March 9, 2005

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Vol. 24, Issue 26
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The nation’s governors adjourned their two-day summit on high schools armed with an expanded arsenal of political and financial commitments to prepare all students for success in college and the workplace.
Faced with a conflict between state and federal laws, Texas officials have come down on the side of their own law and set up a possible showdown with the U.S. government over millions of dollars in education aid.
Recents closings are raising grave concerns over the toll that rising costs, changing demographics, and declining enrollments are taking on the longtime Roman Catholic mission of providing schooling for needy children.
No one is calling it a miracle, but the Kansas City, Kan., district’s experience with First Things First—with backing from the Ewing Marion Kauffman Foundation—is offering hope that the redesign of urban high schools is not a lost cause.
In the wake of a audit raising questions about the New Orleans school district’s spending of some $70 million in federal money, Louisiana’s top education official is considering putting outside consultants in charge of the district’s finances.
A misunderstanding about students’ rights to express their opposition to military recruiters at their Minnesota high school sparked a flurry of accusations that spilled onto the Internet, generating a slew of angry phone calls from across the country.
Take Note
News in Brief: A National Roundup
Correction
In what sounds like a script for the latest reality-TV show, 200 teachers, administrators, and other school employees working in San Diego County, Calif., have accepted a challenge to achieve personal weight-loss goals over the next year.
People in the News
Participation in distance education courses is most popular at the high school level.
Students in one-third of the nation’s public school districts took distance education courses in the 2002-03 school year, illustrating such classes’ growing popularity, says a report released last week by the National Center for Education Statistics.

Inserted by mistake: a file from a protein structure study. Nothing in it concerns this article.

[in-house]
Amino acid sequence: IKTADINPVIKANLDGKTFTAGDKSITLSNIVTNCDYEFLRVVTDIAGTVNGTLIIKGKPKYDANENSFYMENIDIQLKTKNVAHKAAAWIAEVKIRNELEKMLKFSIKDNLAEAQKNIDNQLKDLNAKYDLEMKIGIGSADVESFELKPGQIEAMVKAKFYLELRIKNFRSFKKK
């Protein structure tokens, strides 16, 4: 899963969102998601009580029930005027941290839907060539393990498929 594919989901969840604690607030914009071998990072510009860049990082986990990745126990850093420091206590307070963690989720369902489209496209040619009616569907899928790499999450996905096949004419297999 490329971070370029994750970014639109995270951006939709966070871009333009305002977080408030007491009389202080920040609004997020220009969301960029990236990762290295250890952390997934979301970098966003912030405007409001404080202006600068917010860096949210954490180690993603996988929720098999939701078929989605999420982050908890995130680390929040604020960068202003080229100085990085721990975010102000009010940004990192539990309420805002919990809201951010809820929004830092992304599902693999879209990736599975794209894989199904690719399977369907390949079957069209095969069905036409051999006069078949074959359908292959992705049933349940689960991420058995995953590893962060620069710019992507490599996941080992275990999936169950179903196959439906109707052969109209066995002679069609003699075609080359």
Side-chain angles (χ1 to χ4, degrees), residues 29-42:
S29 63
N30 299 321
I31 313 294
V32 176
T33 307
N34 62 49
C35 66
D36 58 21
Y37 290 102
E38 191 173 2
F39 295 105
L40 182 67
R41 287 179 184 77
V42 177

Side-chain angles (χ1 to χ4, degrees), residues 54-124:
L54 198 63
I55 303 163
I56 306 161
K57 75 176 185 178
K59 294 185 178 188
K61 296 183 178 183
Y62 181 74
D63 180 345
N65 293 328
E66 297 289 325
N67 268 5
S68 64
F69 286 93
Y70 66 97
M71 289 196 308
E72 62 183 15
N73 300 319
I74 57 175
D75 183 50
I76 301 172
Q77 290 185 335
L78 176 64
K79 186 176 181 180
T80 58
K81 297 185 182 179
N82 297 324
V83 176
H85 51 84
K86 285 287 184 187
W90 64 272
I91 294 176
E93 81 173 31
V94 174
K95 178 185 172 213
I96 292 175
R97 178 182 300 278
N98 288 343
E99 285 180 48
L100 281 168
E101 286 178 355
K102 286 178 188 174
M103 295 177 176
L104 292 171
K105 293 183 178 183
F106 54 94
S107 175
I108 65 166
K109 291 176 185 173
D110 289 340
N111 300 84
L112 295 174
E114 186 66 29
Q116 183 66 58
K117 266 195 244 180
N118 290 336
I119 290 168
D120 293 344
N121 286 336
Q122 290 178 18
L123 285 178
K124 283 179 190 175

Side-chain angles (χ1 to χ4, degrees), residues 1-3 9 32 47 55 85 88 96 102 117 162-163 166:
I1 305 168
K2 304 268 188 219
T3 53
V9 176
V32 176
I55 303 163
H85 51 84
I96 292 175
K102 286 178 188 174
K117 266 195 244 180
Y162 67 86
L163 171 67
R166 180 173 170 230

Smoking-prevention programs in schools do little to keep teenagers from lighting up in the long run, concludes a research review out last week.
The recent closure by a Southern California manufacturer of modular buildings has left several districts there stranded with half-completed school projects.
More states are requiring school districts to offer personal-finance courses to high school students and to put in place standards for economic literacy and education, concludes a nationwide survey released last week by the National Council on Economic Education.
Special Education
A group of researchers and advocates unveiled a framework last week for a new generation of education studies that might better meet the needs of the nation’s growing population of Latino students.
Report Roundup
As its headliner role at the national summit on high schools here highlighted, the Bill & Melinda Gates Foundation has moved beyond a focus on individual schools and entered the fray of national politics and policy.
U.S. Secretary of Education Margaret Spellings last week called on the nation’s Roman Catholic schools to become active in providing tutoring to public school students under the federal No Child Left Behind Act.